Childbirth is not always a smooth process. Many first-time mothers find themselves unprepared for complications after childbirth.
Hemorrhage, infection, pelvic organ prolapse and more, are common complications that women can be left with after pregnancy. Among these possible problems, is incontinence. Urogynaecology expert, Roger Goldberg, MD, states, “even a seemingly uneventful pregnancy and delivery can change urinary control for up to 50 percent of women”.
Postnatal Incontinence: The Statistics
- According to Continence Foundation of Australia, 37 per cent of pregnant women report urinary incontinence, and up to 47 per cent are still affected six months after birth.
- And as many as one in four women also have faecal incontinence in late pregnancy, with one in five still suffering one year after childbirth.
- Bladder problems are thought to affect 1 in 3 women in the year after childbirth
- 10 percent to 20 percent of women report having stress incontinence leakage that they consider “socially bothersome”
Most women do not know what to expect with bladder and bowel control issues, until the problems crop up. Many women even go years without telling their partner about the problem, which could be solved by more open communication from Doctors and specialists. The 4th Trimester Project, a study led by Doctors and researchers, gained insight into the experiences of postpartum women. Researchers found that the majority of women in the cohort weren’t aware of treatments that could help them. They also claimed they were too embarrassed to discuss symptoms they were experiencing. Kristin Tully, a Doctor involved in the study, states, “women don’t know about serious complications because their providers don’t always tell them.”
This lack of education leads many women to keep the problem to themselves, even buying sanitary pads instead of proper incontinence products.
If the communication between patients and specialists improves, new mothers will feel less ashamed and embarrassed about stress incontinence. Doctors and midwives should be encouraged to brief new mothers on the possibility and management of incontinence. Studies have shown that new mothers are likely to benefit from early discussion of healthy bladder habits as part of their postpartum care. The lack of postpartum incontinence education in the UK was highlighted by new mother Gillian Harvey, who compared the support in England in the support in France. She asserts, “at each of my eight week checks following the birth of my children I have been prescribed 20 sessions of physio, to re-educate my pelvic floor”. She goes on to question, “so, why in the UK are we encouraged by adverts to accept incontinence pads as inevitable?” The prevalence of incontinence in women shows that we as a nation should demand more from Nurses and health advisers. Being provided with education and management tips for incontinence is a good starting point.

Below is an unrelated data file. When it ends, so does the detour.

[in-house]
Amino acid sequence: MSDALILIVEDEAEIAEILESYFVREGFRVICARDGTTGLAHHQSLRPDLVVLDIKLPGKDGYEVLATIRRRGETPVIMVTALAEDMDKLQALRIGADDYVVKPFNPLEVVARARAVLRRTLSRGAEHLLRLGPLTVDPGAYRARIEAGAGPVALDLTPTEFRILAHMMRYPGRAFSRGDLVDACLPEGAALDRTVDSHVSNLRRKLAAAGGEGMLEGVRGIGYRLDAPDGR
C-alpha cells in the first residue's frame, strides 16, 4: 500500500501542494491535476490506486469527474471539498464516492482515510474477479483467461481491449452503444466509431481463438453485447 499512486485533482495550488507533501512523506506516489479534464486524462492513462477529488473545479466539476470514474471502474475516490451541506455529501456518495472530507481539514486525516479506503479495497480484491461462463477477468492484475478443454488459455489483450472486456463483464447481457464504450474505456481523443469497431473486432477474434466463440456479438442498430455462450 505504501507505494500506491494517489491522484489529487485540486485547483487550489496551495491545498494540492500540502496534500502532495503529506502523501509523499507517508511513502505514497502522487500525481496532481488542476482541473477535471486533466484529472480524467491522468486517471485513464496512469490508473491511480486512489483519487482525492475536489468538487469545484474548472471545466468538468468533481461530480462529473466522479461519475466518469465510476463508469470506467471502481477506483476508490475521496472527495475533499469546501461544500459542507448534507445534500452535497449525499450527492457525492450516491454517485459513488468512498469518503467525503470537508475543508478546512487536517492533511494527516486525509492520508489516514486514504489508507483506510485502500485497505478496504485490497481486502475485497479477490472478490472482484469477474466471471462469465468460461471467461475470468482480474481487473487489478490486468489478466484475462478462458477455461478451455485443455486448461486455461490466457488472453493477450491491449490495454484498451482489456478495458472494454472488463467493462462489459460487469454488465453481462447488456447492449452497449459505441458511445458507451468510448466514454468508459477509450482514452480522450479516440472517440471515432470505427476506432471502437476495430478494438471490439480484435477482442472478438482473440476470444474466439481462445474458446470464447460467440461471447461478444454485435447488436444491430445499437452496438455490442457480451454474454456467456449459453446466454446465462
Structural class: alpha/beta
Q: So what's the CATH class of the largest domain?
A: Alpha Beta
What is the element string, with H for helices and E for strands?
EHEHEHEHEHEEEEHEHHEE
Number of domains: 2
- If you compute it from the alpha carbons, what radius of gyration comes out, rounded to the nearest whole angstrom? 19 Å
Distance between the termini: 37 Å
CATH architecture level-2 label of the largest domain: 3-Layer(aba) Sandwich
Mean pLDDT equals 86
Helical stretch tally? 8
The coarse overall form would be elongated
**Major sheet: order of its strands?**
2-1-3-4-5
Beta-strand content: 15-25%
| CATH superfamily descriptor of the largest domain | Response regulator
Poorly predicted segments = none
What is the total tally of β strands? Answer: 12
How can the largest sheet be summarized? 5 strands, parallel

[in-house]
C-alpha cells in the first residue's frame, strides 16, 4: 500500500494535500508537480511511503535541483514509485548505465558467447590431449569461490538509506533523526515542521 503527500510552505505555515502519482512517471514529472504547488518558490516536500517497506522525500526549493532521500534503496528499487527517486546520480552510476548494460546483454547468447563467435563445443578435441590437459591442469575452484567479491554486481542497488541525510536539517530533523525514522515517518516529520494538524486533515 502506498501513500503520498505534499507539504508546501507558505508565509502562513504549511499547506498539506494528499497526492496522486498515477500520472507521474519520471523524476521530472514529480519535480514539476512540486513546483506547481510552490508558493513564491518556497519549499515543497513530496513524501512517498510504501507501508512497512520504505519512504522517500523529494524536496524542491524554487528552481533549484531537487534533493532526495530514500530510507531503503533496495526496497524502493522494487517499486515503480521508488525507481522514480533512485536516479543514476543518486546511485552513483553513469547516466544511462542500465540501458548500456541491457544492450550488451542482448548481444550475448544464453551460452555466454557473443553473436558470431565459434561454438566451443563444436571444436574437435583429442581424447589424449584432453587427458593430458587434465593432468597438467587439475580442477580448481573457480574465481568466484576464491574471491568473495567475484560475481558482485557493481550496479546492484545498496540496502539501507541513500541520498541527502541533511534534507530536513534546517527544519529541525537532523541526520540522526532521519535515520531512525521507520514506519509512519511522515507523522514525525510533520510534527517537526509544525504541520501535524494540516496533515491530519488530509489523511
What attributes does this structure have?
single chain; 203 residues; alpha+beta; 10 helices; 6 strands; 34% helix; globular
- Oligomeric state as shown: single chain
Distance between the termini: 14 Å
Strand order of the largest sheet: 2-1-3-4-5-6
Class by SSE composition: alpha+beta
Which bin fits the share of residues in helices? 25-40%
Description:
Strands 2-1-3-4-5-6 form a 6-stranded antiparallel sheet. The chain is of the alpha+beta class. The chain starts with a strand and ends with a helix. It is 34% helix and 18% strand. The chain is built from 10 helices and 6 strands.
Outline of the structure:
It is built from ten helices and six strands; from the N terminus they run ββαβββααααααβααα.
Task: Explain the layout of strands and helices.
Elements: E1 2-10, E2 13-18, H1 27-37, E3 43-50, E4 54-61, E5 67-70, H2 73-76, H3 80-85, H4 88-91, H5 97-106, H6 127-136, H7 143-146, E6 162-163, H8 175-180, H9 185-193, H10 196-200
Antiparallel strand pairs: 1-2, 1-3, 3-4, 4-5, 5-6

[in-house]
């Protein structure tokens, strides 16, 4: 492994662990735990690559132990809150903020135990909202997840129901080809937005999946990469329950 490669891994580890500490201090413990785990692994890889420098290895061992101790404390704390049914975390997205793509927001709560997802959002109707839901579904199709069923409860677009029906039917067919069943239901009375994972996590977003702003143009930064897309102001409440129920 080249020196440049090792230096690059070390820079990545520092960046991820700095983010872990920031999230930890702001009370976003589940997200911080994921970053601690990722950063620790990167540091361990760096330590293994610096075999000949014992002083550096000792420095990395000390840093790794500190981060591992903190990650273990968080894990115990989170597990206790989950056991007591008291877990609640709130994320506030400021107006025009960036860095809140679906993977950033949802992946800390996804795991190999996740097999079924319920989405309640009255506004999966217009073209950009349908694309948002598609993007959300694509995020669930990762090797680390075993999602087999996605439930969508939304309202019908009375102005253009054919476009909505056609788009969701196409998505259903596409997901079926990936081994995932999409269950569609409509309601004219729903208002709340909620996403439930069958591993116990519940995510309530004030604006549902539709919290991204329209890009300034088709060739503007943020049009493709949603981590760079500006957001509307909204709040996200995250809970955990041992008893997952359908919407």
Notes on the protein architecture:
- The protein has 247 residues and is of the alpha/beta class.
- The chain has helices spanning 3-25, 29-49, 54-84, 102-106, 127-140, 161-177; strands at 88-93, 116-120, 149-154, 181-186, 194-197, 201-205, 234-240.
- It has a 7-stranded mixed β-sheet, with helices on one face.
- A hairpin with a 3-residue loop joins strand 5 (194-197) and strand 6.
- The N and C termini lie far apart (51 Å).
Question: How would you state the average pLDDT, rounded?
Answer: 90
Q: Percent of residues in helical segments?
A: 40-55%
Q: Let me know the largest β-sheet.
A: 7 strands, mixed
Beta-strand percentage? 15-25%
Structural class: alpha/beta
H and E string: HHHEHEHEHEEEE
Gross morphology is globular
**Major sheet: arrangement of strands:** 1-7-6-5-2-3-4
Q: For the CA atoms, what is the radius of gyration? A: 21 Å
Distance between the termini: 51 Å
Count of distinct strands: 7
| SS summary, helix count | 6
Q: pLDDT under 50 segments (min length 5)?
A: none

Stress Incontinence and Pregnancy: The Explanation
Stress incontinence is leakage that takes place when pressure is placed on the bladder. This is often due to weak pelvic floor muscles. Pregnancy and childbirth play a huge role in the weakening of pelvic floor muscles. The weight of a baby can press down on the bladder or pelvic floor muscles, applying extra pressure and weakening the muscles. Additionally, a change in hormones can even cause incontinence. Several hormones that are produced during pregnancy cause relaxation in pelvic tissues and organs. This occurs so the pelvis is more flexible and makes room for a baby, however the bladder and ureters are also affected.
During childbirth itself, the forces on a woman’s body can also cause damage to the pelvic tissues. Forces of the baby can tear the ligaments that anchor the pelvic supporting muscles to the pelvic bones. For some women, this damage does not completely heal.
Why New Mothers Shouldn’t Suffer in Silence
- A Pessary- pessaries are a popular solution. A pessary is a device that block the urethra or strengthens the pelvic muscles. This can be provided to you by your hospital, GP or incontinence specialist.
- Medications- If natural methods do not work, Doctors often prescribe effective medications to control muscle spasms in the bladder
- Practicing Kegel Exercises- the most popular treatment method for postnatal incontinence is practicing kegel exercises. These are often preferred, as the method is non-invasive and incredibly effective. You can read about how to do these here.
- Surgery- Surgery is often used when other methods have been proven to be ineffective.
Bladder Sling Surgery has a 90 percent success rate. This is often the best surgery option for frequent leakage.
Another surgery option is abdominal suspension, where stitches are placed on both sides of the urethra through a skin incision. The stitches are then attached to a strong ligament that lies on the pubic bone, supporting the bladder or lifting it back to a normal position.
Collagen Injections are another option, which bulk up and strengthen the tissue around the urethra.